Intracellular pH as a new mechanism for MAPK signaling in fungi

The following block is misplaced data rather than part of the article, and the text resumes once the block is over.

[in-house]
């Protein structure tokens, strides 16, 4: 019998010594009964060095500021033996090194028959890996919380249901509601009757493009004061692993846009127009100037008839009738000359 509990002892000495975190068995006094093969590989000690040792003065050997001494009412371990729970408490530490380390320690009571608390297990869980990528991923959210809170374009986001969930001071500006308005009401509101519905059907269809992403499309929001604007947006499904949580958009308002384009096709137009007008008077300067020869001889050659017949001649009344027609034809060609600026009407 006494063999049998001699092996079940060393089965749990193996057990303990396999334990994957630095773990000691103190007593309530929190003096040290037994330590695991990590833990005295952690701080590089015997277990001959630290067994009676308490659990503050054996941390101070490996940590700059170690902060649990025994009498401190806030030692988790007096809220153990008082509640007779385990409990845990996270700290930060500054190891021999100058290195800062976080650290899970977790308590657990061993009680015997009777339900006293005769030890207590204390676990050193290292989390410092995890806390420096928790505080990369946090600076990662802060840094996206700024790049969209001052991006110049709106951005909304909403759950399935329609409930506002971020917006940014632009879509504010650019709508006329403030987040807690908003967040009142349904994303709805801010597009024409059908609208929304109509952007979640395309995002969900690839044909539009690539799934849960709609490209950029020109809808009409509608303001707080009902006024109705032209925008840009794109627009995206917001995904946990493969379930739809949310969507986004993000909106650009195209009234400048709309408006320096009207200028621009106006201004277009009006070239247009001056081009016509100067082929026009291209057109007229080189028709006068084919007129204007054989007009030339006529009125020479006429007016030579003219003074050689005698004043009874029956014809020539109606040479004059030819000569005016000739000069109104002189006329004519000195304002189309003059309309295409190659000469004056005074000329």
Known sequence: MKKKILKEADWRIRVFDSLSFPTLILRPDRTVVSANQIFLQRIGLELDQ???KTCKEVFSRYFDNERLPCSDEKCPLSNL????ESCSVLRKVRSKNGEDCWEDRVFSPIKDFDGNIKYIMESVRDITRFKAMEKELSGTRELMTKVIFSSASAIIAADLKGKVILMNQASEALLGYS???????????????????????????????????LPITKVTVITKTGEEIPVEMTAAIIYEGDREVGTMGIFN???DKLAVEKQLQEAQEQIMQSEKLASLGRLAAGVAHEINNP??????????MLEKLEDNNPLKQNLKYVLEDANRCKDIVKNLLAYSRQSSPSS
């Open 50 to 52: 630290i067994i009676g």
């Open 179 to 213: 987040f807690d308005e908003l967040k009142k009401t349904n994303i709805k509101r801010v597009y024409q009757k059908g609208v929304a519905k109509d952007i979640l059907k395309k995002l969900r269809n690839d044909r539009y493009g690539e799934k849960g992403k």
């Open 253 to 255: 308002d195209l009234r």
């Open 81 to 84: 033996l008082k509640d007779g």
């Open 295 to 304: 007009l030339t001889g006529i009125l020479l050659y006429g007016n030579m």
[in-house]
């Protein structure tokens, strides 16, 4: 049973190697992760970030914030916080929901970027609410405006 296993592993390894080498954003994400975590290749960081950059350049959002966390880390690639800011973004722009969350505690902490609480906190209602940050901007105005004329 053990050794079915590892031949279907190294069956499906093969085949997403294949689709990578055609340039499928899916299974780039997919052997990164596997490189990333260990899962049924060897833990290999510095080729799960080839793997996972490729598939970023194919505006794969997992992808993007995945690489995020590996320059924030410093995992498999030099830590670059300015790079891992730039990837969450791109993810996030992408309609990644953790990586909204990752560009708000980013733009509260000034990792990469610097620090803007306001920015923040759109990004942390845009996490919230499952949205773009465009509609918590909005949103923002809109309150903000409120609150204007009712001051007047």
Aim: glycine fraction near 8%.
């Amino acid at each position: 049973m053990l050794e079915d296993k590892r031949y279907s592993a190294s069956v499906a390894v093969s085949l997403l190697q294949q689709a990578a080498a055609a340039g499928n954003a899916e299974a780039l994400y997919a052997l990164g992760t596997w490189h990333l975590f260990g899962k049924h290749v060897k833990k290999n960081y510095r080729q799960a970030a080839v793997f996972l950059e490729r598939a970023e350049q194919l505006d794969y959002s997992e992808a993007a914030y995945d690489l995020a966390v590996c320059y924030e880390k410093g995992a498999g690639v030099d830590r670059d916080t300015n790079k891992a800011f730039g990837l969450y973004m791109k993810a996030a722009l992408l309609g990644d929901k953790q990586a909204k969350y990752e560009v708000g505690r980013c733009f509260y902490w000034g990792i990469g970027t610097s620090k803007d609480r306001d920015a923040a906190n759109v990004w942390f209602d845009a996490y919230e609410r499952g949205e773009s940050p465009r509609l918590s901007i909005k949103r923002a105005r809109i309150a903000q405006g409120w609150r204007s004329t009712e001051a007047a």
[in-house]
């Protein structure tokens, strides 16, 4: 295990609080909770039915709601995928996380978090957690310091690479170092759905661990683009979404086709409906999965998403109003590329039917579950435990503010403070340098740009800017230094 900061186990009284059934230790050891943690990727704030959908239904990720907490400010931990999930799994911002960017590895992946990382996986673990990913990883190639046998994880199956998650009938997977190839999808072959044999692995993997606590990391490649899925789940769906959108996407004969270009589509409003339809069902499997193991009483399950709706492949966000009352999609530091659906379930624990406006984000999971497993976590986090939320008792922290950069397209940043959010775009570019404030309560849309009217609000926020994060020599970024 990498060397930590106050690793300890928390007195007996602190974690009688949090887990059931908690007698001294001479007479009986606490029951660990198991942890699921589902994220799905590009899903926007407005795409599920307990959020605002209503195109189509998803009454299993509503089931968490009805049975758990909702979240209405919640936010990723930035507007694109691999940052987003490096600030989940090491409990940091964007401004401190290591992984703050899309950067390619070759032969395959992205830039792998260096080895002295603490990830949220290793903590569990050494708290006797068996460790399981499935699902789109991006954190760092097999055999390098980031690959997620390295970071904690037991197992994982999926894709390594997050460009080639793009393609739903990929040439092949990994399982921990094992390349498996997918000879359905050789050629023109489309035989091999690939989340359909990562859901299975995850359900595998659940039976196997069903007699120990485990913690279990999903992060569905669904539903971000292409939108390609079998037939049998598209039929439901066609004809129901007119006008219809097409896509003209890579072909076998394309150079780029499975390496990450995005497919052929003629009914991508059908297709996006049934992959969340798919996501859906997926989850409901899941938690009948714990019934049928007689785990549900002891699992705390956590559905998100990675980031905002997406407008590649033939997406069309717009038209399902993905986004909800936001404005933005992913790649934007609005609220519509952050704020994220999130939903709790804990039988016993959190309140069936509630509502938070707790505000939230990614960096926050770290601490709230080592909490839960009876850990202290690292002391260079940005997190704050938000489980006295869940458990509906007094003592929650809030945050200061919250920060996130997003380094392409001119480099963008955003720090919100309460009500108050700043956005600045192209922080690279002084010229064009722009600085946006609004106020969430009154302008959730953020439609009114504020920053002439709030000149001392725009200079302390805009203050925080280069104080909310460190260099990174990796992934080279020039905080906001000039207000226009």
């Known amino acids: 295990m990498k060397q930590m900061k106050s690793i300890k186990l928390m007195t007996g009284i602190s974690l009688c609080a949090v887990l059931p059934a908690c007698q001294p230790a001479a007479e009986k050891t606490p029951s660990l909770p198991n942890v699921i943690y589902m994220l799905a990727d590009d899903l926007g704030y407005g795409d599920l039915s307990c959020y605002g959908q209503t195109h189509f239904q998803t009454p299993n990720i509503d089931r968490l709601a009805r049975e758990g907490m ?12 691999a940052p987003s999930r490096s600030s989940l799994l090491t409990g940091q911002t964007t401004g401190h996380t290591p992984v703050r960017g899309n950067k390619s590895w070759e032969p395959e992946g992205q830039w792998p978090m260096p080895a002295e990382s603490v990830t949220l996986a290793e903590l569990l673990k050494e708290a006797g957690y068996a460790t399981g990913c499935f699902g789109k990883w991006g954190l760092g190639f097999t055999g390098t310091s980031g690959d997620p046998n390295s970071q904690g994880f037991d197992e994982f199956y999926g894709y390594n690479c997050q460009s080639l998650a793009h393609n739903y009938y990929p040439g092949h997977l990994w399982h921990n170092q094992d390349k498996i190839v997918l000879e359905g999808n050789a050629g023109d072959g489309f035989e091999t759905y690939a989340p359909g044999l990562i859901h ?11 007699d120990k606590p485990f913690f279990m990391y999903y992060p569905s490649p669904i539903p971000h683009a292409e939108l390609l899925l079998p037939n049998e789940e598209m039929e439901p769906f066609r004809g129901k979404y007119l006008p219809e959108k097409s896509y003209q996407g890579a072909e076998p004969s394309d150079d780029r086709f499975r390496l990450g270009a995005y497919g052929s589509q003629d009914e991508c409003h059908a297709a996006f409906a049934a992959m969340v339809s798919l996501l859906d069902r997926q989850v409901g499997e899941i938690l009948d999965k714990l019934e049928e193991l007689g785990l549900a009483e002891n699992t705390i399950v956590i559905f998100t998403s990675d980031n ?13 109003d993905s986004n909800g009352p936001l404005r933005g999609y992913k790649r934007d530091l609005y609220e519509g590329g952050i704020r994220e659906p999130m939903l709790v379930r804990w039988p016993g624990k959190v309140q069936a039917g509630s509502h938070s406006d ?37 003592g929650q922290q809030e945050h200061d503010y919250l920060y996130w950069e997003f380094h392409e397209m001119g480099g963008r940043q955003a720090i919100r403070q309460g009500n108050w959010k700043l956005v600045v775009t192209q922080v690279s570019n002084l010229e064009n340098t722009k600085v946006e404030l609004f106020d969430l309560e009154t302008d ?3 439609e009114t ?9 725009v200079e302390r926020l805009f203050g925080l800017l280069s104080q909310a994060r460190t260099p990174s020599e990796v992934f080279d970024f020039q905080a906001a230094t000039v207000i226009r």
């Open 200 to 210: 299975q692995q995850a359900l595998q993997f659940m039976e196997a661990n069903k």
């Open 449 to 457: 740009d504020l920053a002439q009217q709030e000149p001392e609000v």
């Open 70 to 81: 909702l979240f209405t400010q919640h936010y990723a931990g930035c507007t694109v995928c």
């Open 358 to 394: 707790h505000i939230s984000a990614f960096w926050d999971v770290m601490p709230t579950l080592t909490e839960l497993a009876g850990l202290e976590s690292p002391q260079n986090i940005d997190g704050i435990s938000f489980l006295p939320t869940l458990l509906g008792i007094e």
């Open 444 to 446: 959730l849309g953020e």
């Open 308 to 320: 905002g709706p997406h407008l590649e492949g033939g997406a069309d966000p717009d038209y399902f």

pH is a key player in the control of fungal pathogenicity. We previously found that extracellular pH governs pathogenicity in the plant pathogen Fusarium oxysporum by reprogramming phosphorylation levels of mitogen-activated protein kinases (MAPKs). The molecular events underlying the pH response are currently unknown. Here we identify intracellular pH (pHi) as a key signal regulating MAPK activity in F. oxysporum. Using the ratiometric GFP-based pH sensor pHluorin, we found that F. oxysporum responds to extracellular alkalinisation and acidification with a transitory shift in pHi. Exogenous application of diethylstilbestrol (DES), a specific inhibitor of the plasma membrane H+-ATPase Pma1, induced a rapid and sustained decrease of pHi accompanied by rapid and transitory changes in MAPK phosphorylation, supporting the idea that pHi acts as a key switch controlling MAPK activity. To search for fungal proteins involved in pHi-mediated MAPK regulation, we screened a subset of acid-sensitive mutants from the yeast deletion library for loss of DES-triggered MAPK phosphorylation. This identified a number of candidates functioning in conserved cellular processes such as lipid metabolism, endocytosis or V-ATPase function, many of which have predicted orthologs in Fusarium. Understanding how pHi regulates MAPK signaling may reveal new ways to control fungal growth, development and pathogenicity.